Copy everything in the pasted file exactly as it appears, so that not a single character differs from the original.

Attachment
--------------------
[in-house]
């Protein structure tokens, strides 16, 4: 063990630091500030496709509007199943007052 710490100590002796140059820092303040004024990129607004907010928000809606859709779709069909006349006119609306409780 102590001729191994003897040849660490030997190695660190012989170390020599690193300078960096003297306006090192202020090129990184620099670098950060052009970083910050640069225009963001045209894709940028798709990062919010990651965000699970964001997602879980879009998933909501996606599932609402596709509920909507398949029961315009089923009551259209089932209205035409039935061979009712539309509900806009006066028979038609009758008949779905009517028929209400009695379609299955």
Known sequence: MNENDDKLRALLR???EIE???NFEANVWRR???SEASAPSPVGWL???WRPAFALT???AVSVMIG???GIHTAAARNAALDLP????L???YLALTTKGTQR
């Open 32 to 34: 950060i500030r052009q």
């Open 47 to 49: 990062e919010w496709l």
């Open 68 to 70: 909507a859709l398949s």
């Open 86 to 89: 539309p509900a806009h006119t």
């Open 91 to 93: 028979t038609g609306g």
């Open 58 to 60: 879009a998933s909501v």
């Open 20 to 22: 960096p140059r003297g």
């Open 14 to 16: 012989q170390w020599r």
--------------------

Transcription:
[in-house]
């Protein structure tokens, strides 16, 4: 063990630091500030496709509007199943007052 710490100590002796140059820092303040004024990129607004907010928000809606859709779709069909006349006119609306409780 102590001729191994003897040849660490030997190695660190012989170390020599690193300078960096003297306006090192202020090129990184620099670098950060052009970083910050640069225009963001045209894709940028798709990062919010990651965000699970964001997602879980879009998933909501996606599932609402596709509920909507398949029961315009089923009551259209089932209205035409039935061979009712539309509900806009006066028979038609009758008949779905009517028929209400009695379609299955």
Known sequence: MNENDDKLRALLR???EIE???NFEANVWRR???SEASAPSPVGWL???WRPAFALT???AVSVMIG???GIHTAAARNAALDLP????L???YLALTTKGTQR
């Open 32 to 34: 950060i500030r052009q």
């Open 47 to 49: 990062e919010w496709l």
């Open 68 to 70: 909507a859709l398949s």
């Open 86 to 89: 539309p509900a806009h006119t």
């Open 91 to 93: 028979t038609g609306g």
């Open 58 to 60: 879009a998933s909501v």
């Open 20 to 22: 960096p140059r003297g």
């Open 14 to 16: 012989q170390w020599r």